After being diagnosed with Alzheimer's disease, in 2013, Eileen Lane wasted no time signing up for not one but two clinical trials at Rush University Medical Center in Chicago. The first involved a daily nasal application of insulin, which didn't prove to be beneficial. In the current trial, Lane receives monthly infusions of a medicine designed to reduce tau proteins in the brain — with no idea yet if her monthly drip will be a step toward halting her pernicious, memory-robbing disease. To qualify for the trial, Lane had to have a series of blood tests; an MRI; a lumbar puncture to collect cerebrospinal fluid; and a battery of cognitive assessments.
The time and occasional discomfort have been worth it. “I want to use my experience with this disease to help unlock treatments that will help someone else,” says Lane, 68, a retired teacher whose father also had Alzheimer's. Lane's husband, Ron, 69, a retired lawyer, puts it this way: “A benefit of being in a trial is you have exposure to a lot of people who are familiar with the disease and dedicated to finding a cure. You find a sense of community, and you're doing something positive, which is inspiring.”
Mike Berg has similar reasons for participating in his second clinical trial for Alzheimer's, this one involving injections of an immunotherapy agent that aims to reduce beta-amyloid plaques in the brain. “I figure if you're going to get better, you have to do something about it,” says Berg, who was diagnosed with the disease in 2015, at age 54, after a career spent managing physicians’ offices.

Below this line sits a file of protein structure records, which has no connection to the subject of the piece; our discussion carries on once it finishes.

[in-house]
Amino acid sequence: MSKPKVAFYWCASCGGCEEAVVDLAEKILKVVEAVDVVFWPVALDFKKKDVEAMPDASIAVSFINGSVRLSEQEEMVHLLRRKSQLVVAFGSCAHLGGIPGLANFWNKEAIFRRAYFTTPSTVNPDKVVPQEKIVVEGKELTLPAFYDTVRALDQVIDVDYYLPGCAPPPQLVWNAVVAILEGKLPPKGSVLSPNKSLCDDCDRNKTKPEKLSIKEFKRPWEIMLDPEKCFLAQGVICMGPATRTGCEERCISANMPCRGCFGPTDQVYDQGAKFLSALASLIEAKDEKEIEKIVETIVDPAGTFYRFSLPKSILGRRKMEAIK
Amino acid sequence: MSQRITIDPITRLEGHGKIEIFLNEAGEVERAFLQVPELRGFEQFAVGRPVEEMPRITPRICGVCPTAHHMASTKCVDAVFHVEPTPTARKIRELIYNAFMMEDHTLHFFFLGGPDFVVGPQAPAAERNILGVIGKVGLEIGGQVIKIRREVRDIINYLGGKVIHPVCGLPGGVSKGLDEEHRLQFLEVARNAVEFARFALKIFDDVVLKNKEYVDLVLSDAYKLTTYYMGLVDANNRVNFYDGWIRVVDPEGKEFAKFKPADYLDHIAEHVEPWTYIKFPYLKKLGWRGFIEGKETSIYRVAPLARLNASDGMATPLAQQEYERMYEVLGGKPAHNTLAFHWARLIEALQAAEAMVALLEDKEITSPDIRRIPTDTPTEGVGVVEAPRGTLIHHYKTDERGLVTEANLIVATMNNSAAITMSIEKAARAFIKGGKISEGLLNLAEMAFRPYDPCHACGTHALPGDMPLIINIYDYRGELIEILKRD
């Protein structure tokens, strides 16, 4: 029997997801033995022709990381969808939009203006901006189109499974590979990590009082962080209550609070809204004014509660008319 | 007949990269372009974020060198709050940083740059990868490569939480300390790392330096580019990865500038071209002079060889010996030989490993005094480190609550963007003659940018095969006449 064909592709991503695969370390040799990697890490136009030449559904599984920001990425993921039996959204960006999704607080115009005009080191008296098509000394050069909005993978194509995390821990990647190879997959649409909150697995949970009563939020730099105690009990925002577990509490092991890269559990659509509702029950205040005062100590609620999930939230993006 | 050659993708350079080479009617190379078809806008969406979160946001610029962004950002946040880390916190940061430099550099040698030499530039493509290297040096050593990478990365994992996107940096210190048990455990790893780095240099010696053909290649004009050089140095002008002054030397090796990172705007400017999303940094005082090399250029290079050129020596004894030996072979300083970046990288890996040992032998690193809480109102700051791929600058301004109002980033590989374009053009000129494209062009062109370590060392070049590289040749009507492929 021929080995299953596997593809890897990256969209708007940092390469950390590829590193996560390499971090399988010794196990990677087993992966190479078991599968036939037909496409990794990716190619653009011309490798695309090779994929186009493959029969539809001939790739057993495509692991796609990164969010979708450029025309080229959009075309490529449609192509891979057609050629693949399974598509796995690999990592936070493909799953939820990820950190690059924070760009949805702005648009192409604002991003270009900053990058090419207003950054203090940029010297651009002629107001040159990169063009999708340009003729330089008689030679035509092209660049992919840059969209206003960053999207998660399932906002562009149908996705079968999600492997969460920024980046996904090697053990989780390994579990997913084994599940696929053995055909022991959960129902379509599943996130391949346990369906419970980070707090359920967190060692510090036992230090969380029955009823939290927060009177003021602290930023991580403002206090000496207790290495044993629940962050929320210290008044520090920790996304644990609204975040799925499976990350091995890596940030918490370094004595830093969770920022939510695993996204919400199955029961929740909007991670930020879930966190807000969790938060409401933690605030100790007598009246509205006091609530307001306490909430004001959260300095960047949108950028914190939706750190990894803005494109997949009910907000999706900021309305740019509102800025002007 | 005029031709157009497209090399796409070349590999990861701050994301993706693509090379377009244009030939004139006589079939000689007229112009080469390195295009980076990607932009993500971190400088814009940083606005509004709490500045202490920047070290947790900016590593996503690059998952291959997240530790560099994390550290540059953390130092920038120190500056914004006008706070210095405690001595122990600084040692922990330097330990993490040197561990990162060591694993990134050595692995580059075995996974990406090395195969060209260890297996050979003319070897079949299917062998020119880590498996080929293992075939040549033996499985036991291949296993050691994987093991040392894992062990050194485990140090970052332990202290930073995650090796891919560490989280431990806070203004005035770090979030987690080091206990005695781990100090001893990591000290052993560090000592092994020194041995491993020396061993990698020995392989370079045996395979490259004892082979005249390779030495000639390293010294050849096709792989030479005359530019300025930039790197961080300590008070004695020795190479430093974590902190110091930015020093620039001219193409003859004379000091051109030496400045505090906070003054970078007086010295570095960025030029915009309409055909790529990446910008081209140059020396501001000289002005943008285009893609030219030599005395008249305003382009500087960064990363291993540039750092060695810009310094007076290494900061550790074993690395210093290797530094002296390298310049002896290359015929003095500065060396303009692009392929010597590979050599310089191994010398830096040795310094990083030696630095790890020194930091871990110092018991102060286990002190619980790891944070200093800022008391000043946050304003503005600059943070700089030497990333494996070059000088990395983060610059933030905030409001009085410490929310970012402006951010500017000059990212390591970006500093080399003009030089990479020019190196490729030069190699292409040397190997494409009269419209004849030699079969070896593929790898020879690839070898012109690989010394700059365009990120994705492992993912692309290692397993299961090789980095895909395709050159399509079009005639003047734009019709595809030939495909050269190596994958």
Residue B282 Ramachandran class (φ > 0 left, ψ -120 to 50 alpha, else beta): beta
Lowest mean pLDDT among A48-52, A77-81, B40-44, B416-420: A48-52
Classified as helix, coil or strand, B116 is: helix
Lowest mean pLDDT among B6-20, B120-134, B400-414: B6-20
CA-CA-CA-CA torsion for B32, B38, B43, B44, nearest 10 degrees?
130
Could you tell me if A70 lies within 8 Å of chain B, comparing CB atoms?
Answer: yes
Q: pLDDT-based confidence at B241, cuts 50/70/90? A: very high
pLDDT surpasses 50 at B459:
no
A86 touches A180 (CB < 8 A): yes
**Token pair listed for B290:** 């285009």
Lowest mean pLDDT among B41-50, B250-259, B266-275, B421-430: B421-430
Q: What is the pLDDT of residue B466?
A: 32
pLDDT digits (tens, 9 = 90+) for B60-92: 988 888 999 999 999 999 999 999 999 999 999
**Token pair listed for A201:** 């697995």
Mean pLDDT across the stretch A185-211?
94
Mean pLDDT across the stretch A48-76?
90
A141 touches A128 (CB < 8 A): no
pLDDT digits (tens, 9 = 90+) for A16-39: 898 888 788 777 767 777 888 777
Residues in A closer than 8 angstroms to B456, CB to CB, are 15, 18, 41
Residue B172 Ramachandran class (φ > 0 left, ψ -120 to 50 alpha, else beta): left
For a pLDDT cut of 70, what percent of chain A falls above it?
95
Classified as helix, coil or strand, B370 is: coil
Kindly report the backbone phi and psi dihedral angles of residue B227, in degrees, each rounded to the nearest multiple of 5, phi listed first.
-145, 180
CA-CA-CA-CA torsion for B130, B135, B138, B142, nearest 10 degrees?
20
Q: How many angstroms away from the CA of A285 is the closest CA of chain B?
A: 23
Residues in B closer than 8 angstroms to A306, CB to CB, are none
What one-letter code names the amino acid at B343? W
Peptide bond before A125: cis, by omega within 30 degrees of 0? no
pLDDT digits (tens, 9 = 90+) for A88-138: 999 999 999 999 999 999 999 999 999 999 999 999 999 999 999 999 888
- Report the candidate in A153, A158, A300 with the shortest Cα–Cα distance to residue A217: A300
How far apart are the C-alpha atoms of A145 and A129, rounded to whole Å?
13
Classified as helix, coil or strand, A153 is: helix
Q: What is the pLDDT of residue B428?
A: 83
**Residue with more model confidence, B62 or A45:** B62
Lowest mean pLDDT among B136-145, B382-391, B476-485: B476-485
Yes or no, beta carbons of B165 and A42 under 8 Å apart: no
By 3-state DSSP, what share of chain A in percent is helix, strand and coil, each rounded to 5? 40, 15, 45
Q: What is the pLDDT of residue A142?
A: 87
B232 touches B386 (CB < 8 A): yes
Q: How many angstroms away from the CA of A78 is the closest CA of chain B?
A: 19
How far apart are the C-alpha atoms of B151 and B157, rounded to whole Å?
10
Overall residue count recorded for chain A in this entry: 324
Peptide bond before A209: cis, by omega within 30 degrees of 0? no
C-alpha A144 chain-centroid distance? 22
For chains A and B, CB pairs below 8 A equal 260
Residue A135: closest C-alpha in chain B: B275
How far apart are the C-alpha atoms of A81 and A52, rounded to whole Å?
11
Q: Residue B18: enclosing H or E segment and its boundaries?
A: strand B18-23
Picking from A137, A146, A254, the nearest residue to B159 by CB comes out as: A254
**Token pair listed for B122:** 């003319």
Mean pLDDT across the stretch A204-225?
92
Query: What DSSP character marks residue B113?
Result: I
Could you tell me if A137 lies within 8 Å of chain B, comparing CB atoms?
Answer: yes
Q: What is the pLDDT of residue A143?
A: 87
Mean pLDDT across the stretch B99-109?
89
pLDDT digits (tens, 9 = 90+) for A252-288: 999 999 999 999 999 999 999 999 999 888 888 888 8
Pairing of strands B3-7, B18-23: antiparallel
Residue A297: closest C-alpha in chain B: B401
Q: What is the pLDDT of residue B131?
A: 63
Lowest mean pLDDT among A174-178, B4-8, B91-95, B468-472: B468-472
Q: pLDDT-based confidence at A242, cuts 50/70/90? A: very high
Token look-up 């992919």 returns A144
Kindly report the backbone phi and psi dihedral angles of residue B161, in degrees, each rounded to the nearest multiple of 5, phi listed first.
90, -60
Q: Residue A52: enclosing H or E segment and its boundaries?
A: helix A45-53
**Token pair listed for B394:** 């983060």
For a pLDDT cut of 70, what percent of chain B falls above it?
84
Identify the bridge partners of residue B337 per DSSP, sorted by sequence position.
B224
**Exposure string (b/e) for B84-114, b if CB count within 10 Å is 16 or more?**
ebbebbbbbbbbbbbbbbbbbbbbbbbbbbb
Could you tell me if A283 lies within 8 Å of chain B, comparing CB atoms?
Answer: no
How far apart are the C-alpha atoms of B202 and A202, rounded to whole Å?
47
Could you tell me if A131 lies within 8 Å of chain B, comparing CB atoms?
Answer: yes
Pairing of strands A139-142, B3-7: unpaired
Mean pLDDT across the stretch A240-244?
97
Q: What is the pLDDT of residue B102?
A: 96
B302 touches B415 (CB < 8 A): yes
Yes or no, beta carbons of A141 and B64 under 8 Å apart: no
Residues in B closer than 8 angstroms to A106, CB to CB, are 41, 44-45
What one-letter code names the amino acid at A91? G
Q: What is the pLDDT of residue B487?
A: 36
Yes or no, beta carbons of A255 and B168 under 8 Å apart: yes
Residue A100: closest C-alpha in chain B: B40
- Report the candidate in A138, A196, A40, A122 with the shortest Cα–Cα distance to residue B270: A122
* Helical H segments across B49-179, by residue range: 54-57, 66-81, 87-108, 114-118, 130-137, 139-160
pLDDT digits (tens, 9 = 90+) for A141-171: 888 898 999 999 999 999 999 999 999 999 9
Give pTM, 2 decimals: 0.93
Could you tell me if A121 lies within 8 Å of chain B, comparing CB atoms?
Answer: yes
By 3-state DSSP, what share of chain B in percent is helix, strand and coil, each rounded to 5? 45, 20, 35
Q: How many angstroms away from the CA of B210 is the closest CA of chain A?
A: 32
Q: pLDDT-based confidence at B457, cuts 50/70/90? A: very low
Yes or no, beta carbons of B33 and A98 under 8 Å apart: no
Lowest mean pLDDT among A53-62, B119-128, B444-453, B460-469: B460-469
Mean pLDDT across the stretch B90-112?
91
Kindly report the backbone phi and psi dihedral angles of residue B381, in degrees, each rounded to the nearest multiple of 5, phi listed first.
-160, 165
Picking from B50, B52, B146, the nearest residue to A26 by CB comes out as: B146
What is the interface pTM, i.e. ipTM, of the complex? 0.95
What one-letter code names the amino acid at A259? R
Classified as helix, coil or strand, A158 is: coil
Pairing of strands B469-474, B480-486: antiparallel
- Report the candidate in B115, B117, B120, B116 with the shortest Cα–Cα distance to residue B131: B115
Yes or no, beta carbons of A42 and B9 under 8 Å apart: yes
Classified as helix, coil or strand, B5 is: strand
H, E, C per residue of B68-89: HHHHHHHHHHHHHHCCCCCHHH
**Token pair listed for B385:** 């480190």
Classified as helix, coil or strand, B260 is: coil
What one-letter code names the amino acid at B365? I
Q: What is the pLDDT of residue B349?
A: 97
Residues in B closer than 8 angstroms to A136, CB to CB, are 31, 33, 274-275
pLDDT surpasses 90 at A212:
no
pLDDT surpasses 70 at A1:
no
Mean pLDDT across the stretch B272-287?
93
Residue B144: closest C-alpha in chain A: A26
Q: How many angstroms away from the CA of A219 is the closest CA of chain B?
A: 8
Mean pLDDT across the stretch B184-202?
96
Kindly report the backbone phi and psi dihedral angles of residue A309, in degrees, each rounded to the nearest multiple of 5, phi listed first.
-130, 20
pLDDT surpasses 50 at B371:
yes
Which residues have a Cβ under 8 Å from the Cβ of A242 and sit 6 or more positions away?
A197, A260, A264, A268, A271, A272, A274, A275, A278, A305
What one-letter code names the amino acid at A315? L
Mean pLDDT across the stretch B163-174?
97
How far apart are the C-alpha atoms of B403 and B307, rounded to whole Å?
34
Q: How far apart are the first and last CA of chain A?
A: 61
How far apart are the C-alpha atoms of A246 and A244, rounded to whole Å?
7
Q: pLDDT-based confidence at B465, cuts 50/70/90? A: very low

It's a generous investment by him and his wife, Becky, whose participation requires them to travel two hours each way from their home in Dubuque, Iowa, to the University of Wisconsin-Madison, every two to four weeks. Fortunately, the drug company running the trial sends a driver to pick them up, and they receive a stipend for their time. Still, there's homework to be done, as Becky is required to fill out periodic questionnaires about her husband's day-to-day functioning — including what he's able to do independently or with assistance — as well as her caregiving concerns. She also provides detailed descriptions of activities they did together in the past week or month so the researchers know what to ask him about. But Becky, 58, a retired teacher, stays motivated. “I've read that people in studies do better with this disease because they're actively participating and contributing.”
Indeed, being part of a clinical trial for dementia can be meaningful and inspiring in many ways. As a participant, you could personally benefit from a drug or treatment that turns out to be successful. You may find a sense of community or, perhaps, a better neurologist near you. And you may receive support from people who really understand what you're dealing with.